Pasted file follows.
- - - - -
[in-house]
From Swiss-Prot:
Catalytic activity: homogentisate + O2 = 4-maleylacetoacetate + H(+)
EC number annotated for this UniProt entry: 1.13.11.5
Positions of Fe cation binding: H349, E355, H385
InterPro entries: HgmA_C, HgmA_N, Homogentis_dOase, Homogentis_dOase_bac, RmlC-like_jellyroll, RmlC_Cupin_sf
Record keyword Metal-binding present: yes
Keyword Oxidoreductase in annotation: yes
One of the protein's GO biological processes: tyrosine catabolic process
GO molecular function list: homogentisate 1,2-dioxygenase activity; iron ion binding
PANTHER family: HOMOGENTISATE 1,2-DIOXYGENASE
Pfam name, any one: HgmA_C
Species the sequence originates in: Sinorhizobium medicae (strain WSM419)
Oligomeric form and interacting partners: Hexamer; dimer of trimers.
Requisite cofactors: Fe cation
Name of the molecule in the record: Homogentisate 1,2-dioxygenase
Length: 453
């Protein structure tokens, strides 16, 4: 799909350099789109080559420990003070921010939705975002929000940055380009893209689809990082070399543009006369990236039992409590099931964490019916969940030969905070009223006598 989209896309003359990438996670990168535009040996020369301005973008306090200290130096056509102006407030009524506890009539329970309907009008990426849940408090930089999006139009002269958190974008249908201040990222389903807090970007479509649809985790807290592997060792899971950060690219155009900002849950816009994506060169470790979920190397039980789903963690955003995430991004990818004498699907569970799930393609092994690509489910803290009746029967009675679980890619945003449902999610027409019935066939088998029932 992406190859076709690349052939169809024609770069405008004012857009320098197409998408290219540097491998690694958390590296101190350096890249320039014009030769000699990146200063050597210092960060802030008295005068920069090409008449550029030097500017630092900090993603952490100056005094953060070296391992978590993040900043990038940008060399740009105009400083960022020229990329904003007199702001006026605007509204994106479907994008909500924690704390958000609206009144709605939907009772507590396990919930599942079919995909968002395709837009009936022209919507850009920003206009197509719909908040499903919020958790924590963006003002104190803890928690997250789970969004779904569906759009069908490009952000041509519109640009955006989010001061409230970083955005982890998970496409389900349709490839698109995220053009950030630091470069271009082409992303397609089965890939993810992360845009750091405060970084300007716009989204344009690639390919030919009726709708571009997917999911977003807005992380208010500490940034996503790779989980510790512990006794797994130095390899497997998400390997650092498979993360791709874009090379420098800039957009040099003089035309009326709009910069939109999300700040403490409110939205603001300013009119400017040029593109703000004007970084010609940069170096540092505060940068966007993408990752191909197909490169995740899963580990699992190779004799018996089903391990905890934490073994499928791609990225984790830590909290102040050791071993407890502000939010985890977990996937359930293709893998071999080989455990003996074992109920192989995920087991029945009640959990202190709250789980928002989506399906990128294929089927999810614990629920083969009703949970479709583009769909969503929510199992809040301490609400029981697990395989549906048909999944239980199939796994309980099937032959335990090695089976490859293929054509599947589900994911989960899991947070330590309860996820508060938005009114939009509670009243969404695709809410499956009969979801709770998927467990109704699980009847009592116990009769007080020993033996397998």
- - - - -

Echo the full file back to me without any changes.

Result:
[in-house]
From Swiss-Prot:
Catalytic activity: homogentisate + O2 = 4-maleylacetoacetate + H(+)
EC number annotated for this UniProt entry: 1.13.11.5
Positions of Fe cation binding: H349, E355, H385
InterPro entries: HgmA_C, HgmA_N, Homogentis_dOase, Homogentis_dOase_bac, RmlC-like_jellyroll, RmlC_Cupin_sf
Record keyword Metal-binding present: yes
Keyword Oxidoreductase in annotation: yes
One of the protein's GO biological processes: tyrosine catabolic process
GO molecular function list: homogentisate 1,2-dioxygenase activity; iron ion binding
PANTHER family: HOMOGENTISATE 1,2-DIOXYGENASE
Pfam name, any one: HgmA_C
Species the sequence originates in: Sinorhizobium medicae (strain WSM419)
Oligomeric form and interacting partners: Hexamer; dimer of trimers.
Requisite cofactors: Fe cation
Name of the molecule in the record: Homogentisate 1,2-dioxygenase
Length: 453
């Protein structure tokens, strides 16, 4: 799909350099789109080559420990003070921010939705975002929000940055380009893209689809990082070399543009006369990236039992409590099931964490019916969940030969905070009223006598 989209896309003359990438996670990168535009040996020369301005973008306090200290130096056509102006407030009524506890009539329970309907009008990426849940408090930089999006139009002269958190974008249908201040990222389903807090970007479509649809985790807290592997060792899971950060690219155009900002849950816009994506060169470790979920190397039980789903963690955003995430991004990818004498699907569970799930393609092994690509489910803290009746029967009675679980890619945003449902999610027409019935066939088998029932 992406190859076709690349052939169809024609770069405008004012857009320098197409998408290219540097491998690694958390590296101190350096890249320039014009030769000699990146200063050597210092960060802030008295005068920069090409008449550029030097500017630092900090993603952490100056005094953060070296391992978590993040900043990038940008060399740009105009400083960022020229990329904003007199702001006026605007509204994106479907994008909500924690704390958000609206009144709605939907009772507590396990919930599942079919995909968002395709837009009936022209919507850009920003206009197509719909908040499903919020958790924590963006003002104190803890928690997250789970969004779904569906759009069908490009952000041509519109640009955006989010001061409230970083955005982890998970496409389900349709490839698109995220053009950030630091470069271009082409992303397609089965890939993810992360845009750091405060970084300007716009989204344009690639390919030919009726709708571009997917999911977003807005992380208010500490940034996503790779989980510790512990006794797994130095390899497997998400390997650092498979993360791709874009090379420098800039957009040099003089035309009326709009910069939109999300700040403490409110939205603001300013009119400017040029593109703000004007970084010609940069170096540092505060940068966007993408990752191909197909490169995740899963580990699992190779004799018996089903391990905890934490073994499928791609990225984790830590909290102040050791071993407890502000939010985890977990996937359930293709893998071999080989455990003996074992109920192989995920087991029945009640959990202190709250789980928002989506399906990128294929089927999810614990629920083969009703949970479709583009769909969503929510199992809040301490609400029981697990395989549906048909999944239980199939796994309980099937032959335990090695089976490859293929054509599947589900994911989960899991947070330590309860996820508060938005009114939009509670009243969404695709809410499956009969979801709770998927467990109704699980009847009592116990009769007080020993033996397998």